Refusing to Testify in Civil Depositions based on the Fifth Amendment

“You have the right to remain silent. Anything you say can and will be used against you in a court of law.” We’ve all heard those words a thousand times in crime dramas, as the cops handcuff the bad guy and haul him away. Most lawyers recognize that as part of the Miranda warning, uttered by police in criminal cases to avoid violating the suspect’s rights under the Fifth Amendment to the U.S. Constitution.

What many don’t know, especially here in Asia, is the Fifth Amendment may also provide a valid excuse – even for foreign citizens – to avoid testifying in a U.S. civil lawsuit. On its face, the Fifth Amendment appears to be limited to criminal cases. It states that no person “shall be compelled in any criminal case to be a witness against himself.” However, courts have long held that the Fifth Amendment privilege “can be asserted in any proceeding, civil or criminal, administrative or judicial, investigatory or adjudicatory.” Kastigar v. United States, 406 U.S. 441, 445 (1972).

Consequently, it is not uncommon for witnesses in civil lawsuits to refuse to answer deposition questions based on that privilege, so long as the testimony could possibly lead to criminal liability. At first, the tactic may seem an easy way out for the witness. However, there are serious risks to invoking – or not invoking – the privilege, so anyone for whom the subject may be relevant should consult with experienced Fifth Amendment counsel.

Who may assert the privilege?

The Fifth Amendment privilege is purely a personal right. Only natural persons may refuse to testify on that basis; corporations and other organizations may not. Braswell v. United States, 108 S. Ct. 2179, 2182 (1988). While corporate officers, directors, agents and employees may all invoke the privilege, they may do so only on their own behalf and not on behalf of any other person or entity.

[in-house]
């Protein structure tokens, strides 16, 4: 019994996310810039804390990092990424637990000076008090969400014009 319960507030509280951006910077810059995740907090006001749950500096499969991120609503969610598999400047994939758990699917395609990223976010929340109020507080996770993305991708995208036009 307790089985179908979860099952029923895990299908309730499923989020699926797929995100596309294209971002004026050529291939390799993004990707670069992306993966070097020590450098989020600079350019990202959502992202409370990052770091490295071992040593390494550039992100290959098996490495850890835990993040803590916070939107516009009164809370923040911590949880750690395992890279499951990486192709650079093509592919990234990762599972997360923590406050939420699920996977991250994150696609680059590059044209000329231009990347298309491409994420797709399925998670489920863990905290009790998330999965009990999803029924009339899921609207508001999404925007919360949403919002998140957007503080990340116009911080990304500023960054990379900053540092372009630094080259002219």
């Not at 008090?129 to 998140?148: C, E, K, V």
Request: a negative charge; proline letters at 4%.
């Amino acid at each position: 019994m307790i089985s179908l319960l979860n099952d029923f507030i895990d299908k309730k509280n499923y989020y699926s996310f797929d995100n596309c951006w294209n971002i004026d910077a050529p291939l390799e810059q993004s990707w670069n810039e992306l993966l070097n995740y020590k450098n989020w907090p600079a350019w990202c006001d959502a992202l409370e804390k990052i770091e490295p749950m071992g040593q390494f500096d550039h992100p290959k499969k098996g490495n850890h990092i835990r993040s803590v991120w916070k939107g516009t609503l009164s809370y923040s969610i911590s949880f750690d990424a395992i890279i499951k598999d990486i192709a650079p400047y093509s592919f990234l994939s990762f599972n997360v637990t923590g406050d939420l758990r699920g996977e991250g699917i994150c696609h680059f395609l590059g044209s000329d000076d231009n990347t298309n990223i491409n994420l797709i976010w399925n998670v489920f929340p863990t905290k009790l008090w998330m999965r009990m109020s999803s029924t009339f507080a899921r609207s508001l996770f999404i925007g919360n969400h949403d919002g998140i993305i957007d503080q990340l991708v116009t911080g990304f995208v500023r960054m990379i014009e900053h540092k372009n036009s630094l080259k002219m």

When may one assert the privilege?

To assert the Fifth Amendment privilege, a witness must have “reasonable cause to apprehend a real danger of incrimination.” Hoffman v. United States, 341 U.S. 479, 486 (1951). Incrimination refers to the possibility of criminal prosecution in the United States, but not in foreign jurisdictions. United States v. Balsys, 524 U.S. 666 (1998). For example, depending on the case, testimony in a civil action could lead to reasonable fear of incrimination relating to crimes of fraud, economic espionage, price-fixing, anti-trust or securities violations and even perjury.

One may not make a blanket assertion of the privilege, such as refusing to attend a deposition or asserting the privilege in advance with respect to all potential questions. Instead, one must invoke it on a question-by-question basis and courts will determine the propriety of the assertions on the same basis. North River Insurance Co. v. Stefanou, 831 F.2d 484 (4th Cir. 1987).

Courts construe the privilege broadly: criminal charges need not be pending and most courts do not require criminal prosecution to be probable, but only possible. In re Folding Carton Antitrust Litigation, 609 F.2d 867 (7th Cir. 1979); In re Master Key Litigation, 507 F.2d 292, 293 (9th Cir. 1974). However, there must be a real possibility of criminal prosecution; the risk cannot be imaginary, remote or speculative. United States v. Apfelbaum, 445 U.S. 115, 128 (1980).